Sunday Times E-Edition


Sherna No Ah

Sisters Motsi and Oti Mabuse always had a gnawing feeling that, despite their professional success and happy marriages, something was missing in their lives. That was any knowledge of their roots — their ancestors’ stories having been wiped out by colonialism and apartheid.

“A lot of Africans don’t know their heritage,” says former Strictly Come Dancing pro Oti. “We had no information. The apartheid regime took away people’s identities, land and houses.”

Oti is being sincere when she says taking part in DNA Journey, the series that follows celebrity duos as they learn about where they come from, was the best thing she’s done, despite any professional success. “It gave me back my family tree, my bloodline.”

For Strictly judge and older sister Motsi, the experience was “empowering”. The pair had previously tried to unearth their family tree on a DNA genealogy website, so they doubted the programme-makers would have enough to fill a prime-time show.

“I thought they wouldn’t find anything. I told them: ‘You’re just going to get to my grandmother and you’ll be stuck there!’”

Defying expectations, the discoveries roll in — an African royal connection, links to Nelson Mandela and Archbishop Desmond Tutu, but the heart-wrenching war story of their paternal grandfather, Paulus Mabuse, who died before they were born, provoked most tears. It came as a shock that he’d served during World War 2.

That discovery was bittersweet. South Africa declared war on Nazi Germany on September 6 1939 and 80,000 black South Africans volunteered for the Native Military Corps. But black soldiers were treated as inferior to their white counterparts — and, after the war, their contribution to the

Allies’ defeat of the Axis powers went largely unrecognised.

“They went to war but were treated differently,” Oti says. “They fought for what they thought was freedom for the whole world and came back to South Africa ”— just as apartheid was beginning.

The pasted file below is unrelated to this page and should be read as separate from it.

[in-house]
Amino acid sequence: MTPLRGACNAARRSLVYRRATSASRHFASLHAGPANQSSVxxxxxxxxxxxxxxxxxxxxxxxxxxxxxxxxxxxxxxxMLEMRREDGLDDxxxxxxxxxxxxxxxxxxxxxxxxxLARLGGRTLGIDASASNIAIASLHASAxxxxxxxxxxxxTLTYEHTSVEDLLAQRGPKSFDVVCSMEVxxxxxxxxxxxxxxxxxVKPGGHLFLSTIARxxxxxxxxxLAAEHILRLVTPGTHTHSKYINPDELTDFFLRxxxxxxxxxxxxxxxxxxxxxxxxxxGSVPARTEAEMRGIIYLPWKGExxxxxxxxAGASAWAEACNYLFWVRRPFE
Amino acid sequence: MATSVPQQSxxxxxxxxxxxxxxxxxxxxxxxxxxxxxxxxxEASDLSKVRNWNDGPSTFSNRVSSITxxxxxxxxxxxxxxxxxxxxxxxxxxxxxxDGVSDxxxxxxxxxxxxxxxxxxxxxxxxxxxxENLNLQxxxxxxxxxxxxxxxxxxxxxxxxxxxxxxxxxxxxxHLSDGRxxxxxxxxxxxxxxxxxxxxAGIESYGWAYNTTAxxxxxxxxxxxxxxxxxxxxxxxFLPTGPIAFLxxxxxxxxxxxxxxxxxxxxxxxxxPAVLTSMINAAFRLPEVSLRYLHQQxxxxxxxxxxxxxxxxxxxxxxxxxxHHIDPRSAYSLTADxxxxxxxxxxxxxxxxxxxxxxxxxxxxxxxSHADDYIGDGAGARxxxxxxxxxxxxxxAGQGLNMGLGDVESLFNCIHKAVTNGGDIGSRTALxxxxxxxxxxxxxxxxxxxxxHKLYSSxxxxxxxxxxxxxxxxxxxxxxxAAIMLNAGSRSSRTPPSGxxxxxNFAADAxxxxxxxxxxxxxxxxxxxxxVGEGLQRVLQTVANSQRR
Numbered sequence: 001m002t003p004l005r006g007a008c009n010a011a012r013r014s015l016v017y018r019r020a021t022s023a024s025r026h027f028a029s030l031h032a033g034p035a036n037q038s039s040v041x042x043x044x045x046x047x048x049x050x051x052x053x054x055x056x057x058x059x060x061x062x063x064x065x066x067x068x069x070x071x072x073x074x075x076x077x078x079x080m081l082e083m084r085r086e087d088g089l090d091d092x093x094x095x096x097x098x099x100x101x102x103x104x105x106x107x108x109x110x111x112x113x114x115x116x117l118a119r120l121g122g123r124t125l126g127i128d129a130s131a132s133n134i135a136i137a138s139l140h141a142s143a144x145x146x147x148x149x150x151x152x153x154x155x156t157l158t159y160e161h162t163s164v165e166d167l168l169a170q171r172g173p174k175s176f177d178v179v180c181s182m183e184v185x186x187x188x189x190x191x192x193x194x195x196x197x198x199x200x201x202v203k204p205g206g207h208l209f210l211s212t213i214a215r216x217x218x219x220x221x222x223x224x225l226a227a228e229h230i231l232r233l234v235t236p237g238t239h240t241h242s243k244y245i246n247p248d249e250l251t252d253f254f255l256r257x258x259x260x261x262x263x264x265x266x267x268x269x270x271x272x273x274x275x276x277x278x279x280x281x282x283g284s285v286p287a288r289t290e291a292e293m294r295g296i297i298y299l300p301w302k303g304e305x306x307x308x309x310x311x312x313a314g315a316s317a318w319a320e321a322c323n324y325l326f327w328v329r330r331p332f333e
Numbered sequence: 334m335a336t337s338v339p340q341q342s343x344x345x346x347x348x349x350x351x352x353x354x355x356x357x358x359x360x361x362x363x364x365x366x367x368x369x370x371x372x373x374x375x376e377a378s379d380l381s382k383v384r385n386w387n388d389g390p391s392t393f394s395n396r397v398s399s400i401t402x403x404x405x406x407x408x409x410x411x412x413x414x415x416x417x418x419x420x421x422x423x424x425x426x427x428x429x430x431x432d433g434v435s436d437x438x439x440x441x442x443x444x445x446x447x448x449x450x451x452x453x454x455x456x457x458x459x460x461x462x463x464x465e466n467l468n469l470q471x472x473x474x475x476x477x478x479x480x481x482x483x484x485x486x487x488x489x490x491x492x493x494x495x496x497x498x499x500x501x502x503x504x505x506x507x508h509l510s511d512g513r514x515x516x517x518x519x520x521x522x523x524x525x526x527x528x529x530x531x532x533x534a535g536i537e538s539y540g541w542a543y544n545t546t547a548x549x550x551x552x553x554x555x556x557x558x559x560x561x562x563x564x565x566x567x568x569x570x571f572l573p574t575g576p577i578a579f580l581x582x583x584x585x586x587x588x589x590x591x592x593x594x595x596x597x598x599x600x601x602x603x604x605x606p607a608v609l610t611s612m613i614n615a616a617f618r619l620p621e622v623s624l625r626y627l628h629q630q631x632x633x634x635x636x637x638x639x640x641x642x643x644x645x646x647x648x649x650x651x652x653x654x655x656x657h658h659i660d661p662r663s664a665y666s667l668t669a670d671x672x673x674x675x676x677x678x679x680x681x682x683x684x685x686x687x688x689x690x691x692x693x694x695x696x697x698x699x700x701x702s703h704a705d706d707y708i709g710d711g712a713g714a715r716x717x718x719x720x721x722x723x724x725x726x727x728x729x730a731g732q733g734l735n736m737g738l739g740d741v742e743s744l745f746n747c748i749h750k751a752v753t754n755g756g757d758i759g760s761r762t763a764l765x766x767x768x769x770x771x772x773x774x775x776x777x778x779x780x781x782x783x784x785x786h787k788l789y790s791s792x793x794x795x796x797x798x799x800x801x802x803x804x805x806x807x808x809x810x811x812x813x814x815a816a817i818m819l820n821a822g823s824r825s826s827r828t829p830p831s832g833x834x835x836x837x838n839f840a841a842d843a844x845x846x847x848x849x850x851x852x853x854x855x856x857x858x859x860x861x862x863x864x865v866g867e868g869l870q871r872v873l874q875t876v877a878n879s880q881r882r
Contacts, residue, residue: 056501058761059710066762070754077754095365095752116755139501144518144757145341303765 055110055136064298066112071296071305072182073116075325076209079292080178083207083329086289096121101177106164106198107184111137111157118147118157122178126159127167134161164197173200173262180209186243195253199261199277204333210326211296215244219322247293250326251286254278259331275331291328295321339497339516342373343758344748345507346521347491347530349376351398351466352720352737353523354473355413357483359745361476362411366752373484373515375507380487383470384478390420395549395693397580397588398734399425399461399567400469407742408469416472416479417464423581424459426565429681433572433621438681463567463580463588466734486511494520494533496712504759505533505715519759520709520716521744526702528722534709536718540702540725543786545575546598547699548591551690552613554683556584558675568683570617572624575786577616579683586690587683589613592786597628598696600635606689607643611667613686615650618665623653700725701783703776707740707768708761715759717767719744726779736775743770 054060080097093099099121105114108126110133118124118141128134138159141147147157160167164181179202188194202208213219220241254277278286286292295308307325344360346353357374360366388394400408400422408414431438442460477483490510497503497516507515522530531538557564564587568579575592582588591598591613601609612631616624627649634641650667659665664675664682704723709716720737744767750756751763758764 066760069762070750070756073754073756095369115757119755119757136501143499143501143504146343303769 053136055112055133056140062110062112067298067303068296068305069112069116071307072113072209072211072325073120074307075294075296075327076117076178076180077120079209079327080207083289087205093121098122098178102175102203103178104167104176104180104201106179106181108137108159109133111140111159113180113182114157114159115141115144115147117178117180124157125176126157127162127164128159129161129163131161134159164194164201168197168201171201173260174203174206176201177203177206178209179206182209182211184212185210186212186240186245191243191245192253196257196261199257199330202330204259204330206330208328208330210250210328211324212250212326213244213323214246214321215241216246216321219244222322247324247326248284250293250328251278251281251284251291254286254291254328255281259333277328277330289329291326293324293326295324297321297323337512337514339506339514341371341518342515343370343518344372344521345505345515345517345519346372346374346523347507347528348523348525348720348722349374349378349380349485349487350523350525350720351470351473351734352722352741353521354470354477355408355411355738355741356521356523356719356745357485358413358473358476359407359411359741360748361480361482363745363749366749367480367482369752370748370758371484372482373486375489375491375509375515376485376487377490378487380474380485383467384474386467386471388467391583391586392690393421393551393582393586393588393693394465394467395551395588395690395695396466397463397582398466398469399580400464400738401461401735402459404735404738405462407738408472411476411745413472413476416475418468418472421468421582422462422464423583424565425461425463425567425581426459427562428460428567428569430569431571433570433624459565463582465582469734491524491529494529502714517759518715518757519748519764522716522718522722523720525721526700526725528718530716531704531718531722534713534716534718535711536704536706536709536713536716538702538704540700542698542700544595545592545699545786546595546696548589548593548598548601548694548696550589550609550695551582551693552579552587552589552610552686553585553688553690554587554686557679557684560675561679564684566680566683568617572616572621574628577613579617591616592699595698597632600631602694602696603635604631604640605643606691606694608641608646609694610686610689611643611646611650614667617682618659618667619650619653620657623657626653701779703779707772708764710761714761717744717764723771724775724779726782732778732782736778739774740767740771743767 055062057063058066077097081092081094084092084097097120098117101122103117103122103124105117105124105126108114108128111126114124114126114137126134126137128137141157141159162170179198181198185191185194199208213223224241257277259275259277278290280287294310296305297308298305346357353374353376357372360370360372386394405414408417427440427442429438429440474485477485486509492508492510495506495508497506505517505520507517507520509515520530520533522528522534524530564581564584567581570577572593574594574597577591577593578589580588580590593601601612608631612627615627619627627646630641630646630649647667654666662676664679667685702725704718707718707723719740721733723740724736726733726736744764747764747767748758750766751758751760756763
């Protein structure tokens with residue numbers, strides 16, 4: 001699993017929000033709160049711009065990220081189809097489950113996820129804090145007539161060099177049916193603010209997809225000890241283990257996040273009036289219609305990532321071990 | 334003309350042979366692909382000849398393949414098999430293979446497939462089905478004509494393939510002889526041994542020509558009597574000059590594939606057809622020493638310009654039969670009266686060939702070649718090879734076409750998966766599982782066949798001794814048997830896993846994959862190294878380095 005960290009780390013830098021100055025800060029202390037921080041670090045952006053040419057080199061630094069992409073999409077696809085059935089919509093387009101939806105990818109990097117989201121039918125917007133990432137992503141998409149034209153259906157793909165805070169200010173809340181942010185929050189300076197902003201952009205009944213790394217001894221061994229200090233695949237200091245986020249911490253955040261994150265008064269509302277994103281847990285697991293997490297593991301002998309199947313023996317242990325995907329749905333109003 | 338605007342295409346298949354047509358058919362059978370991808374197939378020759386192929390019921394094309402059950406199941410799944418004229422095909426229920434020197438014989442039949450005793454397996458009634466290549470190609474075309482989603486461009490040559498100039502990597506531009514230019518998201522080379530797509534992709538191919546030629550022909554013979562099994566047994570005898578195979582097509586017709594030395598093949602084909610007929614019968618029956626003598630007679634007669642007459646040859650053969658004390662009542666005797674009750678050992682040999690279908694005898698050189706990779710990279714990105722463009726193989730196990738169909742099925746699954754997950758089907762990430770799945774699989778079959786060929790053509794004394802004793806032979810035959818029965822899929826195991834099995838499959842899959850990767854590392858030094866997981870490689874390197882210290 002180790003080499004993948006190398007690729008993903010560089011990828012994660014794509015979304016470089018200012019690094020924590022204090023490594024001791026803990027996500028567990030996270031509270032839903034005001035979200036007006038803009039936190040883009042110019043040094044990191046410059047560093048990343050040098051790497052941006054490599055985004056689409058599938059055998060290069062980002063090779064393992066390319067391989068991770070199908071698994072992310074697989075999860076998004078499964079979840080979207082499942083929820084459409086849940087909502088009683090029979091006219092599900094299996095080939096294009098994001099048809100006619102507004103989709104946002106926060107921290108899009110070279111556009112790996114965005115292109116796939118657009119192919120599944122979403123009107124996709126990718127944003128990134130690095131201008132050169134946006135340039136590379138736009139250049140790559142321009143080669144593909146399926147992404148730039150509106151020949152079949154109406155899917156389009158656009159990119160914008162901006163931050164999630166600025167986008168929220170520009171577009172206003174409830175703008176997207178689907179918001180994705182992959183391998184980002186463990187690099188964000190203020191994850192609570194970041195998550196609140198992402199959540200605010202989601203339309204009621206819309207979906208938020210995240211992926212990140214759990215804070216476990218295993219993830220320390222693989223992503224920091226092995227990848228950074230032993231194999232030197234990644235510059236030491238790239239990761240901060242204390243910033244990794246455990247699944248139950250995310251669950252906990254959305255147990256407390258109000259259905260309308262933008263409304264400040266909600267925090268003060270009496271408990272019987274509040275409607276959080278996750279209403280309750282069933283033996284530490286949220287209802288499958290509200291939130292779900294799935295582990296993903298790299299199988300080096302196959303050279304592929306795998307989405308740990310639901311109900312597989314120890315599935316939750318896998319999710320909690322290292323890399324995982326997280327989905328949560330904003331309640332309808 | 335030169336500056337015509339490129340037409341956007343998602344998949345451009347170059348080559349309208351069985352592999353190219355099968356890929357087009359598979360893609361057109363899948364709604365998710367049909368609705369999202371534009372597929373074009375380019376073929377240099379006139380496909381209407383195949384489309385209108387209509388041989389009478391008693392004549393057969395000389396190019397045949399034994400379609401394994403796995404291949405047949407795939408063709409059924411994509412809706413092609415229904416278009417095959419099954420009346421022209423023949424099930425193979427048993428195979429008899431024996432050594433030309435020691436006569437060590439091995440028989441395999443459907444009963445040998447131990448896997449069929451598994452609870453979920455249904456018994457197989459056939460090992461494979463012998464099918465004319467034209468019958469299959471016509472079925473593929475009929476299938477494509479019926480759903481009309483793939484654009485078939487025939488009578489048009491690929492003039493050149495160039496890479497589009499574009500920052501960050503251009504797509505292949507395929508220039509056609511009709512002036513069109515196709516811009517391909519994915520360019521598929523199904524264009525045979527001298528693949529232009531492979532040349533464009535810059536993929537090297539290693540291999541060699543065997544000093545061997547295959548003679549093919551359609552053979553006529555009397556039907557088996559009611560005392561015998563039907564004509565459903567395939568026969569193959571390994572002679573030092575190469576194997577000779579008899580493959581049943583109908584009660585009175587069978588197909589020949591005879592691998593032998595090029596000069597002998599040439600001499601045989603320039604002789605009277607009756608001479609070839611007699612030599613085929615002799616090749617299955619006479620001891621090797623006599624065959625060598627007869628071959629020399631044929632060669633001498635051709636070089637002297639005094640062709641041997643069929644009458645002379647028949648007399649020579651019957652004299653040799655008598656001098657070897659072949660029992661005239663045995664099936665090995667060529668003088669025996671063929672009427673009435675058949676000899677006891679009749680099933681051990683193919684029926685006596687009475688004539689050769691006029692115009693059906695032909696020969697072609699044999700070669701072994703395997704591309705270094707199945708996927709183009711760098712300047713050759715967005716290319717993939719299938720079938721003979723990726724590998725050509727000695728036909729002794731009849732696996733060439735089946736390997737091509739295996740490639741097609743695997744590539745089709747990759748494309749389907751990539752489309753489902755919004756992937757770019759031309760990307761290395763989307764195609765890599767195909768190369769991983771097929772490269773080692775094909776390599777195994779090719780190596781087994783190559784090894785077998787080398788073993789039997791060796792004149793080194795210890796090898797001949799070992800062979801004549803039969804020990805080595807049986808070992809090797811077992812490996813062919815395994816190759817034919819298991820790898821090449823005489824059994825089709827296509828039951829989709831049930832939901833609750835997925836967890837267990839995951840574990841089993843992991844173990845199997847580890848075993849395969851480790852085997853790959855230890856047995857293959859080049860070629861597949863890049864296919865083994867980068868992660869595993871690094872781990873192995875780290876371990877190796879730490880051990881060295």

“The authorities promised them a brighter future,” says Motsi. “And when they came back, white soldiers got land, were celebrated, made politicians and generals. Our soldiers, who also gave up everything, got a pair of shoes or a bicycle or a jacket.”

Paulus enlisted at the age of 27 and was sent to Beirut, Lebanon, as part of 61 Tunnelling Company. Researchers found records showing that he made a stand against the injustice he faced and was given 28 days’ field punishment — labour duties and being attached to a fixed object for two hours a day.

Motsi and Oti’s father had scant knowledge about Paulus, who died when he was young. Why was his story not passed down?

“They came back from war and there’ sa lot of trauma that’s not been dealt with,” says Oti. “The men then had to work in the mines. There wasn’t that father-son connection or time for this conversation.” Motsi adds: “It was all about survival.”

“Because of the way they’d been treated, there was a lot of shame,” says Oti. “For us to hear the story for the first time, for my dad to hear the story about his dad, was emotional.”

Through genetic testing, the sisters also discover they are part of the San tribe, one of the oldest cultures on Earth, providing a direct link to one of the original peoples of Southern Africa and the deepest branch of humankind. Tutu and Mandela are also part of this group, while singer Sipho “Hotstix” Mabuse, whom the sisters idolised, turns out to be their cousin.

And there’s a connection to a Kekana royal family in Hammanskraal, in northern Gauteng. “The queen of the village was our mom’s great-great-grandma!” Oti says. But their mother is disbelieving: “She’s like: ‘This is nonsense!’”

Motsi, who lives in Germany, says doing the show was a gift not just to herself but to future generations. “I can say to my daughter: ‘That’s where you come from. If you doubt yourself any time, you can go back to South Africa. Your history is there.’”

Motsi’s young daughter is bonding with her Ukrainian grandmother. Motsi is married to Evgenij Voznyuk, a dancer from Ukraine, whose parents fled the war and moved in with the family a year ago. “My daughter has a deep connection with her grand-mom, her babushka, which is important. You never know how much time you have on this planet.”

But living with your mother-in-law is never easy? “It helps not speaking the same language. Avoid communication!” Motsi jokes.

DNA Journey was a chance for the sisters to work together again after Oti quit Strictly last year. —





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